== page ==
School Scopeby Howard Schwach
The Daily News profile of five "failing students" in a four-part series pointed out again that it is the student’s families and society that has to take the major responsibility for failing those students. If we follow the Swahili dictum that it "takes a village to raise a child," many of the villages in Rockaway have failed stupendously at the task.
At the same time, the educational "system" has to take some of the burden both for student failure and for a teacher’s inability to teach.
Detractors of the public schools point out that discipline is a major problem in the schools. They are right. Discipline is the major factor in a teacher’s inability to teach.
Having said that, it is instructive to point out that the lack of discipline in the schools is most often not the fault of individual teachers or of the UFT (where detractors often dump the blame).
Rather, the fault lies with groups such as the "Advocates for Children" and with liberal judges who have never met a system they could not tame.
A personal incident might be instructive. Several years ago, I was karate-kicked in the back by a student (not in my class) who was trying to come into my room during the class period to get a friend to cut class with him.
I asked the student to leave and then turned back to my room. He kicked me in the back with a flying leap and pushed me into a wall, destroying my glasses as well as my nose.
I tracked down the dean and he tracked down the student. It turned out that he was a resource room student, and he therefore fell under the absolute protection of the Division of Special Education.
When a suspension request was called in to the central board office, only one question was asked: "Did the student use a weapon to attack the teacher?"
When the answer was in the negative, the suspension was denied. The kid remained in school and no action was ever taken against him.
Actually, I was younger and more naive in those days and I allowed myself to be "persuaded" (actually, he threatened my career) by the principal not to file a police report because "nothing would be done to the kid anyway and it would give the school a bad name."
Today, I would not be as sanguine.
When you cannot suspend kids or take any other action against them and they know it, chaos often ensues. Many Rockaway schools, in particular, suffer from this syndrome.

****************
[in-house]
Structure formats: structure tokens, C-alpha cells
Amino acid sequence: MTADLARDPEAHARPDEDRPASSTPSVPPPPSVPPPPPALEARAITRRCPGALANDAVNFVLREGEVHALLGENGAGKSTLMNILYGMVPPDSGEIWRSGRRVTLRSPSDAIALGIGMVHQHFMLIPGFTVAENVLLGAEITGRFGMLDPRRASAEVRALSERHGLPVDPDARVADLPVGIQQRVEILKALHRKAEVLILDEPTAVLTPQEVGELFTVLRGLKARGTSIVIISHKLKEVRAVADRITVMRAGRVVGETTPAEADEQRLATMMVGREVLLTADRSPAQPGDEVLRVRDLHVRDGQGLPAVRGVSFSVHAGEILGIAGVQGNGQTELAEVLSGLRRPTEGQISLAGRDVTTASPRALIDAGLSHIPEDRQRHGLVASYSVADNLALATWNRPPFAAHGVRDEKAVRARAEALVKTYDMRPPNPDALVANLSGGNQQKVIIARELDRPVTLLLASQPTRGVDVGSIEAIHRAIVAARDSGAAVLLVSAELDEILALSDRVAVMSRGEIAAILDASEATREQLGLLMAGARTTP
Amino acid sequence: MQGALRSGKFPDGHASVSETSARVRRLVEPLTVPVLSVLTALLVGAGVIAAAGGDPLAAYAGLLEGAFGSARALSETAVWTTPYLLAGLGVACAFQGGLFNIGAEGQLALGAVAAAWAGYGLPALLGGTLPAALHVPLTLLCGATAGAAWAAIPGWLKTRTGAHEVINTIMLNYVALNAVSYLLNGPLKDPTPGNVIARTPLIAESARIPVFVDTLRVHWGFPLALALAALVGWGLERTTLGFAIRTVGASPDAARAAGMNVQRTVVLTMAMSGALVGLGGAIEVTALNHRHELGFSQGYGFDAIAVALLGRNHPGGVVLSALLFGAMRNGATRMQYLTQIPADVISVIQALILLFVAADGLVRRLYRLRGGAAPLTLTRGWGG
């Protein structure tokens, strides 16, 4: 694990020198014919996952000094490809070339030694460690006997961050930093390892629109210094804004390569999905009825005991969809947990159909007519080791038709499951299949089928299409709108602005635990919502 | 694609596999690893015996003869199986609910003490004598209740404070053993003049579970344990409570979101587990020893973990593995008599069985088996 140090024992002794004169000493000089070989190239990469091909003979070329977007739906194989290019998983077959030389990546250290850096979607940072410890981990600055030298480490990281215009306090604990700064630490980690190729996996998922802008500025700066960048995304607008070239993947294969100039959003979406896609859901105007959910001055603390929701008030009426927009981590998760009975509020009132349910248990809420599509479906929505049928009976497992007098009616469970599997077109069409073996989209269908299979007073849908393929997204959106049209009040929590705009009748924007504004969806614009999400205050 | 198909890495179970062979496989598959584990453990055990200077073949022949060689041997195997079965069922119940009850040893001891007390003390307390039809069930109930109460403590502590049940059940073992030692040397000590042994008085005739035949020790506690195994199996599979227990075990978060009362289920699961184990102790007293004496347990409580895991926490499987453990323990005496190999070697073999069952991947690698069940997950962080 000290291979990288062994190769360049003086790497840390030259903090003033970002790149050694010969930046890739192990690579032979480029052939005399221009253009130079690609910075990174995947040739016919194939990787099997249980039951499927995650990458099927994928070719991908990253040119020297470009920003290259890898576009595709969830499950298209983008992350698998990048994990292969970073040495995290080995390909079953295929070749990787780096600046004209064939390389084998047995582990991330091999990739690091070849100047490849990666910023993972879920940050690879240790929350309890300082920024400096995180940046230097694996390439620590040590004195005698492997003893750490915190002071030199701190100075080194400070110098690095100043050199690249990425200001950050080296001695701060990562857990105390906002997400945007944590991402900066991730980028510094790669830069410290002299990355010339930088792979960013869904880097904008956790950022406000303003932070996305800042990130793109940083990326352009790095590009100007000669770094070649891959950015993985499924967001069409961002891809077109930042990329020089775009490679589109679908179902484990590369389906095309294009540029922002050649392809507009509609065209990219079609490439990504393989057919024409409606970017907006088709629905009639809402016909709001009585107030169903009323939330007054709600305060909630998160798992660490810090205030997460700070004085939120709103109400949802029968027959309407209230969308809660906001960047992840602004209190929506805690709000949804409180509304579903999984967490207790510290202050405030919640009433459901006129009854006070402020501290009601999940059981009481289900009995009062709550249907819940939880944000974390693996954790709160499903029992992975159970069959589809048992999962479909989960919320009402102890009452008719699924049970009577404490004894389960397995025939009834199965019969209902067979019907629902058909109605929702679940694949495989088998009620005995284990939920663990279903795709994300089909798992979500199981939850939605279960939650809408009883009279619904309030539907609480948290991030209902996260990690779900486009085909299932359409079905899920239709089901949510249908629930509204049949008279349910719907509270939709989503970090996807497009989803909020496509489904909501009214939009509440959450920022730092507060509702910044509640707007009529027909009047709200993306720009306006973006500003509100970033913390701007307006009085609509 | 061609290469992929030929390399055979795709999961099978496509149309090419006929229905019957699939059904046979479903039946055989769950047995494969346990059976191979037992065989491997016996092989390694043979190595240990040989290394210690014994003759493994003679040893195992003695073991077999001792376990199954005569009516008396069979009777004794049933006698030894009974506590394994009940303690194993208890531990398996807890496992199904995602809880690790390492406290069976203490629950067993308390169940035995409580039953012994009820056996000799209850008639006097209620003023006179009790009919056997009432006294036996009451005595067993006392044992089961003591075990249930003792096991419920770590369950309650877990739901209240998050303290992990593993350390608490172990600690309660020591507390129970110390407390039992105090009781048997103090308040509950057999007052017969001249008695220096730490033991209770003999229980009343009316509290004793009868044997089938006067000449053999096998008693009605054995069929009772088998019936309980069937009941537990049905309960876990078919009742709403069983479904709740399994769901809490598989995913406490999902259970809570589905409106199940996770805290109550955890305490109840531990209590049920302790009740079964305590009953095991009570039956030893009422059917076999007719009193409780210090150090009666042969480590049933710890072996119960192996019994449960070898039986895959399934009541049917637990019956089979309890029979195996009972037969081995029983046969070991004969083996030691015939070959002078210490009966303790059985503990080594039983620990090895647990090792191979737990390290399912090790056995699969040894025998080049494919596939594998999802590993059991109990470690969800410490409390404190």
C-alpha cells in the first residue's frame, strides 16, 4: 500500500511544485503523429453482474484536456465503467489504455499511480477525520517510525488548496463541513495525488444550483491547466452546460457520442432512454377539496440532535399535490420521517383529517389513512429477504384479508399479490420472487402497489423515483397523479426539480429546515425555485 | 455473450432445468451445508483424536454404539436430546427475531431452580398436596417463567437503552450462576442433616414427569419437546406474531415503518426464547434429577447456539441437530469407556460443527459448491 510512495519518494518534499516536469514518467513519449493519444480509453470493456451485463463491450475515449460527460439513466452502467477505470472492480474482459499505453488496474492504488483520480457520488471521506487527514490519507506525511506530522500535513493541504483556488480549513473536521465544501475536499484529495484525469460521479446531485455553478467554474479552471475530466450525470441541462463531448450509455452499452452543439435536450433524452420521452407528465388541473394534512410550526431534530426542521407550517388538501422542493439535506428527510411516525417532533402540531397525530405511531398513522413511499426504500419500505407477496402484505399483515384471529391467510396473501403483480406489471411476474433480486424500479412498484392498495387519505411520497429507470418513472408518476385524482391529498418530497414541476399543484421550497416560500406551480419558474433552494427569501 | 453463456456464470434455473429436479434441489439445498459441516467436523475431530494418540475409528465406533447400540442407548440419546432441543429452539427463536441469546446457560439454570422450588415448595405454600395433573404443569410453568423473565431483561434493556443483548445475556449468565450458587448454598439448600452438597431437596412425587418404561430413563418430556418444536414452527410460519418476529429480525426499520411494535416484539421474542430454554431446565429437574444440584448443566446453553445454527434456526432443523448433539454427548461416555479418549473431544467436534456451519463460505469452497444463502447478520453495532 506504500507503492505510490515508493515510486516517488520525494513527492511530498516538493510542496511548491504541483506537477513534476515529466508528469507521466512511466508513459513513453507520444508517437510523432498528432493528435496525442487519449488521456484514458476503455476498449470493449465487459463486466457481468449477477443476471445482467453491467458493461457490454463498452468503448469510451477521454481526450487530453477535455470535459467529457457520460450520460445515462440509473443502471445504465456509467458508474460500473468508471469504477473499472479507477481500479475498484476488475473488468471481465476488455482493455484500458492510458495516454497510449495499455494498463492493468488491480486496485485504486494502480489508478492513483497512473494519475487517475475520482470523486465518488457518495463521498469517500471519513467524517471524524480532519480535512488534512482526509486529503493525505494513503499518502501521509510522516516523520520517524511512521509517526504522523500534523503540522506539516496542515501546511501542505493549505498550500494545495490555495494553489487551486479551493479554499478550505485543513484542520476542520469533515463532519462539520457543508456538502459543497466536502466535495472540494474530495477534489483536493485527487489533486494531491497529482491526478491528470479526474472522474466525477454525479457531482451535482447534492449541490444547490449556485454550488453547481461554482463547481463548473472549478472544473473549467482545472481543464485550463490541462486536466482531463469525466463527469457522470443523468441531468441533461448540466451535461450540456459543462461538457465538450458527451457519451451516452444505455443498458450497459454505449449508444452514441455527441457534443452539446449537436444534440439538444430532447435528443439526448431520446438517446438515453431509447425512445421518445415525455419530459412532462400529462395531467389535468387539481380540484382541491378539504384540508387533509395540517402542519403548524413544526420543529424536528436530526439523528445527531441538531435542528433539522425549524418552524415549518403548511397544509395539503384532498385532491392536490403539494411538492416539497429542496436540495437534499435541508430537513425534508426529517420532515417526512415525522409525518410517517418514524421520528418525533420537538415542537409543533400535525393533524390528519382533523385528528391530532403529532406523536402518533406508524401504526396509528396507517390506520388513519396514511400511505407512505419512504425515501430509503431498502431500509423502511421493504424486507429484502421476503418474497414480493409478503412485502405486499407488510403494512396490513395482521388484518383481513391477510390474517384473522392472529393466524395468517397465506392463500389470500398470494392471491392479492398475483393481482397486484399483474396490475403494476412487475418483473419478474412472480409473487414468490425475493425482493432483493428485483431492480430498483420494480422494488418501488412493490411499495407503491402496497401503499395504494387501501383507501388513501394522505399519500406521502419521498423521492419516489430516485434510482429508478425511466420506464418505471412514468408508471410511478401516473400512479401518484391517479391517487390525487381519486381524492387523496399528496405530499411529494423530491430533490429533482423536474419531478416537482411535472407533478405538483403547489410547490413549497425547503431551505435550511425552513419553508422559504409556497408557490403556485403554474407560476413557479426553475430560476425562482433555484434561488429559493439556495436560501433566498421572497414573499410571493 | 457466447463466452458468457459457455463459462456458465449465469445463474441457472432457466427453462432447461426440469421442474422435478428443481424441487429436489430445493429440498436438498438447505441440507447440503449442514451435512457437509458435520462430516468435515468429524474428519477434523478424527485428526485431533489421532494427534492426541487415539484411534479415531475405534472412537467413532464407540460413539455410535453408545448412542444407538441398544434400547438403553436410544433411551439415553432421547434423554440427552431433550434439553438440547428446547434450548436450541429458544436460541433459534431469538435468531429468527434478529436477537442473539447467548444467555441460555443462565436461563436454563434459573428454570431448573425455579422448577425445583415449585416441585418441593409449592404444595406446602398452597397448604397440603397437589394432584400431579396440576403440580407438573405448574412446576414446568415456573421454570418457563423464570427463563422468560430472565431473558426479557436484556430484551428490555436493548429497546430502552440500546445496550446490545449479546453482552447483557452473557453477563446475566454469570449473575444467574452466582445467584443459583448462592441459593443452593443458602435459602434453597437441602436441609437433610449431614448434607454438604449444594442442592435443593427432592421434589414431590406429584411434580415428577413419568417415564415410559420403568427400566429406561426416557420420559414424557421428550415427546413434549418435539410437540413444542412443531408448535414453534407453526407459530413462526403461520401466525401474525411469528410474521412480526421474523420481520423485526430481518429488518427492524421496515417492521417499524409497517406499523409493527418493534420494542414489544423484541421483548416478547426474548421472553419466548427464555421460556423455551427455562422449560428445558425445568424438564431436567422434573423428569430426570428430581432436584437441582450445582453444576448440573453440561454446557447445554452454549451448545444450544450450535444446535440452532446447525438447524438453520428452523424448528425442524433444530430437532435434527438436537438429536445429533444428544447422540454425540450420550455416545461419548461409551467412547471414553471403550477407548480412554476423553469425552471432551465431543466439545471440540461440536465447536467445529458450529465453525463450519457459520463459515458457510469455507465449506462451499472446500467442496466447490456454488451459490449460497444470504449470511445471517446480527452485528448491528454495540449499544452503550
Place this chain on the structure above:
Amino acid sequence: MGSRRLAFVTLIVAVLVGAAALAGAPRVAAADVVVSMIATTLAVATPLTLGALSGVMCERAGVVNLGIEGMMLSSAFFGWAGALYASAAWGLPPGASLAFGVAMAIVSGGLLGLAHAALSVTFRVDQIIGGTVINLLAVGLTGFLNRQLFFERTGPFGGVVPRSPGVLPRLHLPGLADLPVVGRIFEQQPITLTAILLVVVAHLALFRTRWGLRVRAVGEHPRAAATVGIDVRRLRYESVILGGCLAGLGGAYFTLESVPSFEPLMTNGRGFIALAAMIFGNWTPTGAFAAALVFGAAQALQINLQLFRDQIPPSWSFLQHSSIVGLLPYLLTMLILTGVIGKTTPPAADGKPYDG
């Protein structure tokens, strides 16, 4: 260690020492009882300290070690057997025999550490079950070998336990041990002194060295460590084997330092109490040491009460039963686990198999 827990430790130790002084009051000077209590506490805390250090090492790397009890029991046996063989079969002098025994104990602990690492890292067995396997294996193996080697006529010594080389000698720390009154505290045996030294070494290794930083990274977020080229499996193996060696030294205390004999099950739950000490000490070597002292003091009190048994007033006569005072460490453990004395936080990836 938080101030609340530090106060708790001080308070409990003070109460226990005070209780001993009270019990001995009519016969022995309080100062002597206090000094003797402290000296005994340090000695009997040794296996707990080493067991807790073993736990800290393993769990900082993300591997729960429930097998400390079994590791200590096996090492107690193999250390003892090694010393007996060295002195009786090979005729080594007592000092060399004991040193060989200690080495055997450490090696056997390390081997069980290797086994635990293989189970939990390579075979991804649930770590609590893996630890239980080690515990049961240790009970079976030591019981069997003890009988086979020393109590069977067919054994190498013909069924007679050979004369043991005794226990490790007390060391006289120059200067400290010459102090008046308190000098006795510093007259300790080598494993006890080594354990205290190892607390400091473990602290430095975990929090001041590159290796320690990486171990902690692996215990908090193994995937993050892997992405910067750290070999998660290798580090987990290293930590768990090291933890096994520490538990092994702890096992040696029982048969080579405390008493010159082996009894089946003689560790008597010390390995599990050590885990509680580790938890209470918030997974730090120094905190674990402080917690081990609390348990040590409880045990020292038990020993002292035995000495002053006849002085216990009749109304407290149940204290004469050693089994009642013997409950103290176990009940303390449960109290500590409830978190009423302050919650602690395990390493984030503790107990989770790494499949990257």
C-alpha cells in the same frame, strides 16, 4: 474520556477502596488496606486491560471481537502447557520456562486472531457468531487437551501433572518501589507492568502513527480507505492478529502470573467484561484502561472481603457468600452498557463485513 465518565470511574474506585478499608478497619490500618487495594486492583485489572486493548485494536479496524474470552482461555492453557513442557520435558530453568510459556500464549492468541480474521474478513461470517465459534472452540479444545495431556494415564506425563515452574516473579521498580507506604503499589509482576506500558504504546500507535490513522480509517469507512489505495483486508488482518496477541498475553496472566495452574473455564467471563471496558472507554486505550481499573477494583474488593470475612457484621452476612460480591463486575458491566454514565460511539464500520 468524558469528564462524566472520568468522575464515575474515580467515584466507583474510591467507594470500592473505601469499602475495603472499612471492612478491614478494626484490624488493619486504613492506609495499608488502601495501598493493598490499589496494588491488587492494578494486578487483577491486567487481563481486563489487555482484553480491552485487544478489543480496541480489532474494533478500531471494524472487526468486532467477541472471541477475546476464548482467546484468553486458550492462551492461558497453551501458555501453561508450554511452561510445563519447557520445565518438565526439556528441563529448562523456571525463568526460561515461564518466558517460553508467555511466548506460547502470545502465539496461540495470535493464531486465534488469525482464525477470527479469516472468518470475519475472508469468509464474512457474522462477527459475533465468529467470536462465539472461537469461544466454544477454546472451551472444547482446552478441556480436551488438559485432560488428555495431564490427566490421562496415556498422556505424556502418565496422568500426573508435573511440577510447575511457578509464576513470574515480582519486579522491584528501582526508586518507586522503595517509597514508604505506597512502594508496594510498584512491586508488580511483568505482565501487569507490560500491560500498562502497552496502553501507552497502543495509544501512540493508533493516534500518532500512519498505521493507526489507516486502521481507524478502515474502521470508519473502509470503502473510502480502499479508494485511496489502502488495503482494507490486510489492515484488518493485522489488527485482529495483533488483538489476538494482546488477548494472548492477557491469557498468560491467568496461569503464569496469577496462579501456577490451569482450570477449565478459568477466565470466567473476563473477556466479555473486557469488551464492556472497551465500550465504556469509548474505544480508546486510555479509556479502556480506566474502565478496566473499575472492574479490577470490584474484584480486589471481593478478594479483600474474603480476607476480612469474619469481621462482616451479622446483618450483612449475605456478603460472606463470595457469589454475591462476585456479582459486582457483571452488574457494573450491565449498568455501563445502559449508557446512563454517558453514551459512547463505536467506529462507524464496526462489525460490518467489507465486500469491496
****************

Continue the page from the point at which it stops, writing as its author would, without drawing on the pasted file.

What separates private and parochial schools from the public is that they can dump these students back into the public schools, and they often do just that. The public schools, because of rules promulgated by the liberal elite (who would never send their kids to public schools) do not have the right to send those kids packing. There has to be an alternative to educating those kids in the mainstream, but those kinds of options are shrinking rather than growing more expansive.
Secondly, social promotion led to a belief on the part of student’s that they did not have to do any work at all or behave in an age-appropriate manner, because they would be promoted no matter what they did. For years, they were right. Rudy Crew wants to end all of that and has begun to move in the right direction.
Unfortunately, those same child advocate groups who have destroyed any hopes of disciplining kids now see the end of social promotion as a plot to destroy kids, particularly minority kids.
There is no doubt in my mind that they will find a judge who will rule that too many minority kids are being left back and therefore, the move to end social promotion is racist.
I have seen it before, when the "system" kowtowed to "experts" and killed the much-needed vocational school program because too many minority kids were going to those schools rather than to college.
What they did was destroy the working lives of thousands of kids, minority and non-minority alike. Even the NAACP has begun to realize what a mistake it was to do away with the vocational education program. Try and get a plumber or an electrician and you will understand the impact of that lunacy.
Decisions based on racial statistics have never worked out and they never will. There are too many minority kids in the 600 schools? Do away with them.